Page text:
On a clear, hot, 90-degree day in Columbus, Ed FitzGerald, the Democratic Party's endorsed candidate for governor this midterm election year, unveiled the College Affordability Plan, a major higher education proposal that includes vocational training and is designed to return Ohio to quality, affordable higher education.
FitzGerald joined parents, students, educators and young professionals who gathered on the campus of Columbus State Community College, where he contrasted his plan with actions taken by first-term Republican Gov. John Kasich that reduced state spending on higher education, forcing many of the Buckeye State's stable of universities and colleges to pump up tuition to cover the gap Kasich left when he withheld billions in order to claim he balanced a state budget without raising taxes.
Rising tuition costs, which are being born by students through debt terms that are unforgiving, are to FitzGerald like rising taxes are at the local level, the natural consequences of Gov. Kasich's balancing of his state budget by withholding state assistance to local governments, schools and now institutions of higher education. Gov. Kasich believes with little proof to back him up that income tax cuts create jobs, even though Ohio's future is tied to the education and training of its future workforce, which as graduating seniors are leaving the state to attend less costly colleges in other states.
Watch 60 Seconds Ohio and hear FitzGerald discuss his plan and answer reporter questions.
FitzGerald spoke of the importance of college affordability, being forced for much the media availability event to speak over the din of idling buses at a near by bus top and a rumbling Brinks Truck stopped at the traffic light at the intersection. "As a parent with two sons in college and two daughters in high school, I understand the financial challenges facing Ohio's families with increasing tuition costs. As Governor, I will work to ensure college and post secondary education is quality and affordable. When Ohio’s students pay tuition, they should be paying for a world-class education."
The FitzGerald plan made public today contains three parts: 1. Expanding the college savings program, model on one he started in Cuyahoga County, to the entire state. Unique in the nation, FitzGerald in his capacity as the Executive for Cuyahoga County, Ohio's most populous county, it creates college savings accounts for new Ohio kindergartners. A 2010 study shows that children with college savings accounts are seven times more likely to attend college than those without. 2. Restore funds to the Ohio College Opportunity Grant to help high school students and young adults afford college without having to take out massive loans. Ohio residents owe $3.75 billion in Federal Student Loans, the FitzGerald campaign notes, making the case that it hurts the economy and threatens youth's future. 3. Advocate for state legislation to allow graduates and former students to refinance their student loans.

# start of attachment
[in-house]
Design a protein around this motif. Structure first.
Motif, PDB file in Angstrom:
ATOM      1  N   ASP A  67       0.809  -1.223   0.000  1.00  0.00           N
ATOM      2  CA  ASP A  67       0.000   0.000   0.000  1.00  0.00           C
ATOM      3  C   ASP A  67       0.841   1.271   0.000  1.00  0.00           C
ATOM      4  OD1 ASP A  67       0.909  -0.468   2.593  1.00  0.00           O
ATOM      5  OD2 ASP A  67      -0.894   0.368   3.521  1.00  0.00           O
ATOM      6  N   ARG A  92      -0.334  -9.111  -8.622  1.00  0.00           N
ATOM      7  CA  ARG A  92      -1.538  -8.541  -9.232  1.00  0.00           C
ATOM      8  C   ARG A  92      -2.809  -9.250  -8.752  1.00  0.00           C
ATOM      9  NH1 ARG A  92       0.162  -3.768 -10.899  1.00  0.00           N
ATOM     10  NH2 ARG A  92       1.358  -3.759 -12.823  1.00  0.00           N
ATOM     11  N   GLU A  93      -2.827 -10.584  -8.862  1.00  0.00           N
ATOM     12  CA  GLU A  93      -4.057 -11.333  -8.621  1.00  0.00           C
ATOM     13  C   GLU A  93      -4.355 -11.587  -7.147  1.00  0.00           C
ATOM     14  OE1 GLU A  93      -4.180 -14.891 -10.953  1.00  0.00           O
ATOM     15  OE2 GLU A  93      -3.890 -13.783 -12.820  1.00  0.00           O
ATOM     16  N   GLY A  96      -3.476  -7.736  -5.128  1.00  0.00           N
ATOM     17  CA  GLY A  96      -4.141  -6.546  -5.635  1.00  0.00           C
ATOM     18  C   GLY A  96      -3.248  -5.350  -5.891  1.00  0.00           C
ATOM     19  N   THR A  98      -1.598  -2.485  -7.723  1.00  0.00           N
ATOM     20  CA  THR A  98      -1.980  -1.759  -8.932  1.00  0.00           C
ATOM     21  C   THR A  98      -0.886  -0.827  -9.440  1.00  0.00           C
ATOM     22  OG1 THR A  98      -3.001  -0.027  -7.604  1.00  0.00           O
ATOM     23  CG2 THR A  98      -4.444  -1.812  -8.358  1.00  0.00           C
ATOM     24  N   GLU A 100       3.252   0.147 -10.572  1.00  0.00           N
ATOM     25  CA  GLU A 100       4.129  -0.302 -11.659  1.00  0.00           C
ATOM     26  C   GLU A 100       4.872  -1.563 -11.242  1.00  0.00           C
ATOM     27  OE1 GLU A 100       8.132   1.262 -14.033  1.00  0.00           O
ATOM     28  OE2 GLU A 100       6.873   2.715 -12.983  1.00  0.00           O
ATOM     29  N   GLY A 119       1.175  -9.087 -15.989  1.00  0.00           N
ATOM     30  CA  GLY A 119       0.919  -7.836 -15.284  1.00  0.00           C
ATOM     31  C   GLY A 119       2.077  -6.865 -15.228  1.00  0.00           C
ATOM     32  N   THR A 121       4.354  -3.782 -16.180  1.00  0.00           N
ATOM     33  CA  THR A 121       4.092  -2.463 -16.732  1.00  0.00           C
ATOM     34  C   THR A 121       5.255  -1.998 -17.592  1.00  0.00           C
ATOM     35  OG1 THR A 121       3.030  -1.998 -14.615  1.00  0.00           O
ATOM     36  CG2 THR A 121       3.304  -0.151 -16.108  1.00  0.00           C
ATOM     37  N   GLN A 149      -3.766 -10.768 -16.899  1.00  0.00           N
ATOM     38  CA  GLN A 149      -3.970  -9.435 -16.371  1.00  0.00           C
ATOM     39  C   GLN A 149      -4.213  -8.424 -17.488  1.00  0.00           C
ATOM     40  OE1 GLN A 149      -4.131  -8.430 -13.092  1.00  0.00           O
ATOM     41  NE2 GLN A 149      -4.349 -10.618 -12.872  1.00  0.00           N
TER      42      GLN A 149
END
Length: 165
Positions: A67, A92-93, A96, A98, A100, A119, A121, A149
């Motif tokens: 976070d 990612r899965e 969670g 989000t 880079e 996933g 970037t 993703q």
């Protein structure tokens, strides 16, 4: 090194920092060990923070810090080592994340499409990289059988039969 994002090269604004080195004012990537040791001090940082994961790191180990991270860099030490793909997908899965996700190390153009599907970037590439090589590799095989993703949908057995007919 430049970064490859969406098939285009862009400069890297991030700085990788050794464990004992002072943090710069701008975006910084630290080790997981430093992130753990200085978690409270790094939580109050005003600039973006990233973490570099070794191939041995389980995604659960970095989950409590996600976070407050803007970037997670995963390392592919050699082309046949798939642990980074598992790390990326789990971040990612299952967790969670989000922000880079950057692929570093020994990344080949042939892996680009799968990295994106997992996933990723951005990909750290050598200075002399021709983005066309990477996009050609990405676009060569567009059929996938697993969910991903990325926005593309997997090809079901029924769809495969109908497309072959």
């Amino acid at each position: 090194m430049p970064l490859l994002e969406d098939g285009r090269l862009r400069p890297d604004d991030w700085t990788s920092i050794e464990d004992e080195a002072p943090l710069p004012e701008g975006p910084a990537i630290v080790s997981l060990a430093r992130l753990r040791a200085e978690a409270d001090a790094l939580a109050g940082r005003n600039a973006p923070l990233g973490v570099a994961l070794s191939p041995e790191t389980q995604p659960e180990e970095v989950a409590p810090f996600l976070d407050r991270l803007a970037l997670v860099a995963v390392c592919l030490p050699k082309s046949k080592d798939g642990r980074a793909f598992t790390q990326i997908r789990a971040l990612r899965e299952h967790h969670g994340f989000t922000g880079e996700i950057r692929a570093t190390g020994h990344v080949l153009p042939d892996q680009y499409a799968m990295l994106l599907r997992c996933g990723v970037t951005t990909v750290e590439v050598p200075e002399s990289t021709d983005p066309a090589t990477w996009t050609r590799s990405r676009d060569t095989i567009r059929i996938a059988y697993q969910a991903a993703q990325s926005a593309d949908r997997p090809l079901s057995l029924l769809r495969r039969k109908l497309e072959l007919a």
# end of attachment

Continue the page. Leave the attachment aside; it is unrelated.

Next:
Larry Christman, a former State Representative and education reform advocate, was on hand for the announcement today. "The state must return to a leadership role in helping students achieve their goals. It is essential that we make college more affordable so Ohio residents can receive their education and achieve their goals," he said.
Others not present who nonetheless expressed their opinion include U.S. Senator Sherrod Brown, who said, "It is crucial that we make college more affordable for Ohio’s students. Ed FitzGerald’s plan will not only assist Ohioans in achieving their goals, but it will also make Ohio a more desirable place to raise families and start businesses." In the last ten days, the bill aimed at tackling student debt, which now tops $1 trillion nationwide, sponsored by Massachusetts Senator Elizabeth Warren and that got a vote from Sen. Brown, a Democrat, was defeated when 37 Republicans including Ohio Republican Senator Rob Portman voted against it.
Columbus Mayor Michael Coleman said in prepared remarks that expanding early college programs offers "first-generation college students a leg-up and cost savings to attend college upon graduation." Dayton Mayor Nan Whaley, who won her last race with 50-plus percent of the vote, said every child deserves the opportunity to pursue their dreams, and Ohio should be a place where that can happen.
U.S. Representative Marcy Kaptur, one of dwindling number of Democratic Congressman, calls FitzGerald’s college savings plan a much-needed investment in Ohio’s future.
Students also voiced their hopes. Taylor Meyers, Marietta College Student Body President, said, "Making college more affordable is critical in allowing me and other students to pursue our career goals without fear of shouldering crippling debt upon graduation." Benjamin Lynn, University of Toledo student, said, "The increase in college tuition over the last few years has been a huge burden to me and so many other students . It’s just common sense that when we’re facing higher debt than ever that student aid should increase as well. He agrees with FitzGerald that more financial aid show be flowing to students immediately.
Behind in money and name recognition to the well-funded and well-known Kasich, FitzGerald's plan hopes to capture some traction with voters, whose enthusiasm for midterm election politics is down. Gov. Kasich hasn’t done nearly enough to stop it, FitzGerald's campaign Nick Buis told reporters via email, but he awaits expected attacks from Republicans, who he said will try to attack this plan as frivolous or too expensive.
"But we know this plan is key to putting the American Dream within reach for thousands of Ohio families," Buis said.